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Buying space

So I kept looking at this and trying to think of where I could stash timber and I kept coming back to the litre-in-a-pint-pot nature of the problem. And some problems you just can’t fix with tidying up stints.

But there’s this little trick you learn in engineering – you can throw money at some problems and they just go away. So I pootled off to homebase and bought a garden storage box (a Keter store-it-out midi for €120 if you’re wondering). And also got the next size up for the garden furniture because it’s driving Claire batty seeing the stuff making the back patio look messy.

Fiddly things to assemble if you get the order of operations wrong and it doesn’t help when your manual is paper mache because someone stored them outside in the rain at the garden center…

Never seen that before. But thanks to online copies of manuals I got them assembled, and spent most of Sunday moving the smaller one onto that little bit of deck outside the shed and then moving all the timber that would fit into the box and tidying stuff up. The difference is… well, pretty noticable when you’re in the shed.

Not done yet, but good grief. I was able to push the bandsaw six full inches to the wall, and I now have enough room in there to actually move around, it’s awesome. I want to put a shelf in the storage box and try to move some of the finishes from the right side of the bench, but that’ll wait for another day.

Oh, and I drilled another doghole in the apron so I’d have a place to put that bench hook for my japanese saws. Works well, wish I’d done it sooner.

The benchtop’s still cramped, but at least now the problem is manageable.

Bolted down the lathe. That was a pig of a job. Turns out, the electronics box (the bit with the switch on the right) hangs *below* the lowest level of the casting when you take off the rubber feet that come with it, so you can’t just bolt the casting down to the stand, you need a spacer (I used M10 nuts for now, but I’ve ordered four ice hockey pucks that I’ll replace the nuts with for vibration damping). And the threading in the casting got painted over so I had to run an M8 tap up through the holes to clean then up, but I had to do that while the lathe was more or less in that position, just swung out a little over the edge to get some access.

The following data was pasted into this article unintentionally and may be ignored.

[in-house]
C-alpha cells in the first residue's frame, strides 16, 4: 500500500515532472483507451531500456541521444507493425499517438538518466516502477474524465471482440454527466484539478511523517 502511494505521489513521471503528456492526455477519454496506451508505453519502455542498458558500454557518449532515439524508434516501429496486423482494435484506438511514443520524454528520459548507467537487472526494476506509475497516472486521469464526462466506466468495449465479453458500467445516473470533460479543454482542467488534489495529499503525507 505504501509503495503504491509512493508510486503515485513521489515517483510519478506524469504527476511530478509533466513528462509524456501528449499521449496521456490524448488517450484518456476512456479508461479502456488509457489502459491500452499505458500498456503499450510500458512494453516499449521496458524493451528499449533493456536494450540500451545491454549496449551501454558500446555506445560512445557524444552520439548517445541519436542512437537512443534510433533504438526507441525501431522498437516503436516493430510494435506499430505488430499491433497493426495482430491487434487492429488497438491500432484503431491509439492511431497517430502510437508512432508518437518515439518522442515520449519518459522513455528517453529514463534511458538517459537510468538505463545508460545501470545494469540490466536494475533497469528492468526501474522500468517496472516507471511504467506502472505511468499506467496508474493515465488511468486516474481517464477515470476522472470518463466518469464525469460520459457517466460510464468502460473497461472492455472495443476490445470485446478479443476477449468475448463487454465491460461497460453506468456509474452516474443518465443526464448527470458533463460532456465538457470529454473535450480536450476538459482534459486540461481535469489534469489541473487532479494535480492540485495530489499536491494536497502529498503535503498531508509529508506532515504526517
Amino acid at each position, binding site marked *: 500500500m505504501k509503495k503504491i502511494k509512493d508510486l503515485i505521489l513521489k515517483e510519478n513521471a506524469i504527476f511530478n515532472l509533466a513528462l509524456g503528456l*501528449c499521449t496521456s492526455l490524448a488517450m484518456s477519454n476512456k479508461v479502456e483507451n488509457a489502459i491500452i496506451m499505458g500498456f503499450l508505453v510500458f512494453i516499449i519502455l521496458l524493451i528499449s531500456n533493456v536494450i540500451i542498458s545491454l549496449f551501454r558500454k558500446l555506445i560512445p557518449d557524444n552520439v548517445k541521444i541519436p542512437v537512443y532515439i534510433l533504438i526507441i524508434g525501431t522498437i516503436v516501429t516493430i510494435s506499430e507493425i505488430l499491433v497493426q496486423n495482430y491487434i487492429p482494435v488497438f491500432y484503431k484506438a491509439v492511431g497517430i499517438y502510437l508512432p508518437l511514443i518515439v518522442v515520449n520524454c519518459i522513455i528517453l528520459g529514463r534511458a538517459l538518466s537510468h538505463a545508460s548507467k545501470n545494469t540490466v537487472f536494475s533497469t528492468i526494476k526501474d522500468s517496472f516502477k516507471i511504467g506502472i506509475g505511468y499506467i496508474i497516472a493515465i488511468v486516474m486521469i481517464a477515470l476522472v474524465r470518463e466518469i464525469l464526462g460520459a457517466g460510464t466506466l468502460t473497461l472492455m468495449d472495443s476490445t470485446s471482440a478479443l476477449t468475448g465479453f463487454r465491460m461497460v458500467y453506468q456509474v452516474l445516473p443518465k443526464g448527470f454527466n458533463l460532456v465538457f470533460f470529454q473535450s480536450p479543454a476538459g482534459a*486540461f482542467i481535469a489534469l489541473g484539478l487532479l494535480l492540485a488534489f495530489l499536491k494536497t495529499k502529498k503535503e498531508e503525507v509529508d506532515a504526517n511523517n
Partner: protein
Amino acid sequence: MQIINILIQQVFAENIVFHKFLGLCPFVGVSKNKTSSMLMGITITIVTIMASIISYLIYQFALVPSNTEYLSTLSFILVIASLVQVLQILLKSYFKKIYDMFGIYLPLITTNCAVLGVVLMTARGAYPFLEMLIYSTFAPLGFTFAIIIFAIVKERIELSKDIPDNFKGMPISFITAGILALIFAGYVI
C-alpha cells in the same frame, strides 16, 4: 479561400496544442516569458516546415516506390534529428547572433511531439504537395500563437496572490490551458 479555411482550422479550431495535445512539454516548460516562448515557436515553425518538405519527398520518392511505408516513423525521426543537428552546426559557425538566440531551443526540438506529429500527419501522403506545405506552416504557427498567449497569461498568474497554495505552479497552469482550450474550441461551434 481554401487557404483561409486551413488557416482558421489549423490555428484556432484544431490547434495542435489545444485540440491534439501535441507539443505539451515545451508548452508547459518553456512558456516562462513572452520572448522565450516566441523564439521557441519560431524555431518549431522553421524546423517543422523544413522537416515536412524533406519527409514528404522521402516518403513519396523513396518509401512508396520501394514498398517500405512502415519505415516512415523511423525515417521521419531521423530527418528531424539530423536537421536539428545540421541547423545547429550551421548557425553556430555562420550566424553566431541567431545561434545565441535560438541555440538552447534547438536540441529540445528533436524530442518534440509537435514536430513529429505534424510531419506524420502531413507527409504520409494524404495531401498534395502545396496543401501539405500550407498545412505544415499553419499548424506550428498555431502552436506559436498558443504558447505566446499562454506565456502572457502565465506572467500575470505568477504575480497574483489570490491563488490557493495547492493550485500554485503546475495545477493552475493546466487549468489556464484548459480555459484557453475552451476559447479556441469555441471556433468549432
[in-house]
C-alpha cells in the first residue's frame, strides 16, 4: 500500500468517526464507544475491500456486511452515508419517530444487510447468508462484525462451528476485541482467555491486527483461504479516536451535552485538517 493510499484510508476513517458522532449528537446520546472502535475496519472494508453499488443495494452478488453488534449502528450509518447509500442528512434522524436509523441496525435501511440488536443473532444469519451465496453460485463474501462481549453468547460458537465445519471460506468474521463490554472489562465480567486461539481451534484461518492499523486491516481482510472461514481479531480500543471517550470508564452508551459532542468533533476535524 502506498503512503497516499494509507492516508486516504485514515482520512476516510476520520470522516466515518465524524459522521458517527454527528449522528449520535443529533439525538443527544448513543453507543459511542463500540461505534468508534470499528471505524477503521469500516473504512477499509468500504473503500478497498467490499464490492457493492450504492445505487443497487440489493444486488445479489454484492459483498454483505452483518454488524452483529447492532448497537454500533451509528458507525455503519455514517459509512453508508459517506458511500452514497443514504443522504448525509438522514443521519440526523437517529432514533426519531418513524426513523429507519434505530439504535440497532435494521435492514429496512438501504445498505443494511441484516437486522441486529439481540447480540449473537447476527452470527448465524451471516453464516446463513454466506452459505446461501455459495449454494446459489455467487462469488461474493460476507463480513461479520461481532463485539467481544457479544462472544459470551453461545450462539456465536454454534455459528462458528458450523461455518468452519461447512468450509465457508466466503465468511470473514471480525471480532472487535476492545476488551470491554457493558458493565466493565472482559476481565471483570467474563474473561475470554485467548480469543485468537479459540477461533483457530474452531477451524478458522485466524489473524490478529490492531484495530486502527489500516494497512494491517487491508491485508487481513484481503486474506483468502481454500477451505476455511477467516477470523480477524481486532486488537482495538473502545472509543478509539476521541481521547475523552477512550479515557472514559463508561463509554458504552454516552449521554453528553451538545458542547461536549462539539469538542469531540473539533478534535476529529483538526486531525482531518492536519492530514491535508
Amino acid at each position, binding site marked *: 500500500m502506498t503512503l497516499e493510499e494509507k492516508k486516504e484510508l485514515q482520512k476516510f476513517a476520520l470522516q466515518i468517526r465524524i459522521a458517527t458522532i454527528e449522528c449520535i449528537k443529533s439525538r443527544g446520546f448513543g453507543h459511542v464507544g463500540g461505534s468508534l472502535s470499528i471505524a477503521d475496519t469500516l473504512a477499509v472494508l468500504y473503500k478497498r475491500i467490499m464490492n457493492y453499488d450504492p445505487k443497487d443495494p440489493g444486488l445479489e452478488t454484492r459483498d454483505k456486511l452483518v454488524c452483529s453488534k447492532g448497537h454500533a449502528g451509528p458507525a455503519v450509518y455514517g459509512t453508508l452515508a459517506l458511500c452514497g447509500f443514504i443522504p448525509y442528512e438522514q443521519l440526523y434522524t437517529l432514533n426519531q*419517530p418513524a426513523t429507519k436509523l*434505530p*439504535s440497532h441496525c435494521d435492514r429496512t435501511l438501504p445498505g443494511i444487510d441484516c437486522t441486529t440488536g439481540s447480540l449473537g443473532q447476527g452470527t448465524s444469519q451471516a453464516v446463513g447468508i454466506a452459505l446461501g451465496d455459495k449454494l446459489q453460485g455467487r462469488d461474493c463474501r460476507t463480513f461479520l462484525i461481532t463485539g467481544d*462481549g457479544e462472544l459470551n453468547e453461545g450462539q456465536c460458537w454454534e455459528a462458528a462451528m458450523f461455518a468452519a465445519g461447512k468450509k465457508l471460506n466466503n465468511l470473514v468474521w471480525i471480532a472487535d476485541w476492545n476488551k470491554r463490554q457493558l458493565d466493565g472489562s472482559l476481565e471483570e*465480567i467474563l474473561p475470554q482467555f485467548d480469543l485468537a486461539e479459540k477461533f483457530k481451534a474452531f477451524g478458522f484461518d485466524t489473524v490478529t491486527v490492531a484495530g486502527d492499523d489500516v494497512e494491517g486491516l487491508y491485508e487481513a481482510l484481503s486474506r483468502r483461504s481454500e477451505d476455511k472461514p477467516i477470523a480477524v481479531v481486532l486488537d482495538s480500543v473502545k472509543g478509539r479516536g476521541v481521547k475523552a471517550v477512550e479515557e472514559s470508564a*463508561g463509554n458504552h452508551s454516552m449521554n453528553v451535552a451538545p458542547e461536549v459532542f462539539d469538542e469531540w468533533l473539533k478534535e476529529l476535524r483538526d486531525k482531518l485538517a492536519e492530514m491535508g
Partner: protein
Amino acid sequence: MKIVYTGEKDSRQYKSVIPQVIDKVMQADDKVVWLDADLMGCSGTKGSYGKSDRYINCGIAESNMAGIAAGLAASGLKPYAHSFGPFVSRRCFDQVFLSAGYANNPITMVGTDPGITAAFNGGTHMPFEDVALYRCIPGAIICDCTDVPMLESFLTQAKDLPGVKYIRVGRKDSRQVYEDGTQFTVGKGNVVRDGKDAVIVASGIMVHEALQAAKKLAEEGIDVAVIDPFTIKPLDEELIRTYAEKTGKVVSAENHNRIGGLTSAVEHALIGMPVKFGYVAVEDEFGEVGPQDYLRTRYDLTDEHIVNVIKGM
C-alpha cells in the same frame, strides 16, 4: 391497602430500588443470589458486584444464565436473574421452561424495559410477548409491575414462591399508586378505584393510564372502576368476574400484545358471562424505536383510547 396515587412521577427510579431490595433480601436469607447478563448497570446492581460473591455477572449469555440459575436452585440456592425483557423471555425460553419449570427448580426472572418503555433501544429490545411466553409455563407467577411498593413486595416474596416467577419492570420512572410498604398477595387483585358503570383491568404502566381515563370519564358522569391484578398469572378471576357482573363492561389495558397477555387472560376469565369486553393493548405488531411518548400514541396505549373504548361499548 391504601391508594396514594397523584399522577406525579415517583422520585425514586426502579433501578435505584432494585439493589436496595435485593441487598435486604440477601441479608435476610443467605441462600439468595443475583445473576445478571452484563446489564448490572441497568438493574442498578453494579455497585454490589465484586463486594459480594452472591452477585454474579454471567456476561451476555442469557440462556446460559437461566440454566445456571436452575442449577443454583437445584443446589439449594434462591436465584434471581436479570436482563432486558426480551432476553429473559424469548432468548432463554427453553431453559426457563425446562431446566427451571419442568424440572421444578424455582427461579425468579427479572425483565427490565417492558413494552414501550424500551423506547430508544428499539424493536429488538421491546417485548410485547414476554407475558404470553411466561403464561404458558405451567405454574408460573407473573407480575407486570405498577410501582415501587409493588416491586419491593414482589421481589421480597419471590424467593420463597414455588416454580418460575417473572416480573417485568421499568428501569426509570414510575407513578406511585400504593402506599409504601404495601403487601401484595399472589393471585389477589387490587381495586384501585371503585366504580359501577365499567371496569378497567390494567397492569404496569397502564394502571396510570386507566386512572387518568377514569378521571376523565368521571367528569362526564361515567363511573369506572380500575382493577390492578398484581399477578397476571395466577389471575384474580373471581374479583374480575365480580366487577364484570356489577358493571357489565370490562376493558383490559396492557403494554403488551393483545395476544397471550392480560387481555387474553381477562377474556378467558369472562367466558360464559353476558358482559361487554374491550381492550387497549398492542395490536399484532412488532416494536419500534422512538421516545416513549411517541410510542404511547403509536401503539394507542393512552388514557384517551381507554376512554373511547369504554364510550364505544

And then a misalignment from earlier bit me. When I glued on the top on the stand, I bumped the top at the tailstock end while trying to do the glue-up on the headstock end and didn’t notice (there are downsides to not having any space in the working area beyond inconvenience and safety y’know, the work suffers too):

Out by a full 15mm or so. Which means that the bolt through the top from underneath into the casting is fine on one side of the tailstock and on the other side would require me to cut away a chunk of the crossbar to access the nut. *sigh*

I may need to do that (and it’s at the end where the crossbar can lose a little mass anyway) but for now I just threaded the bolt down from above enough to align everything (so the M10 nut spacer doesn’t drift off and leave the casting unsupported) but it’s not holding the lathe down (and yes, the vibration is now much more noticable). When the hockey pucks get here, I’ll fix that.

I also put up a really quick and dirty shelf from an offcut.

It has some recesses for the faceplate and the chuck and a hole or three for knockout rod, tool rest and chuck key, but there’s more work to do there, not least of which will be a support from the back to the edge of the shelf as it flexes too much and to move it over slightly to get one of the screws at least into a wall stud (and also more holes for things like the indexing pin for the headstock) But it got more stuff off the bench so that’s fine.

I do have a cheap hall-effect sensor based tachometer to fit as well, which will require removing the electronics box and doing some rewiring and also some mounting holes in the casting to get the sensor close enough to the spindle to sense a magnet mounted on that. The black plastic hood does lever back but the geometry means I can’t just drill into that and mount it that way. Need to think abou this a little.

I also need to figure out lathe tool storage.

Yes, I also need to tidy the shavings, I know, I know. But where do I put the lathe tools is the current question. I don’t like the idea of putting them on the back wall because I don’t want to lean over the lathe; I’m thinking more of a small (2×4) array of pvc pipe segments on the wall below the window and angled towards where I’d stand slightly (I only have six lathe tools, but I want to be able to get one or two more in the next few months). They can’t go by the door which was the natural choice because that’s where the sharpening station is going.

There’s also a little camera arm thingy in there so I can try to get timelapse photos and other fun things later.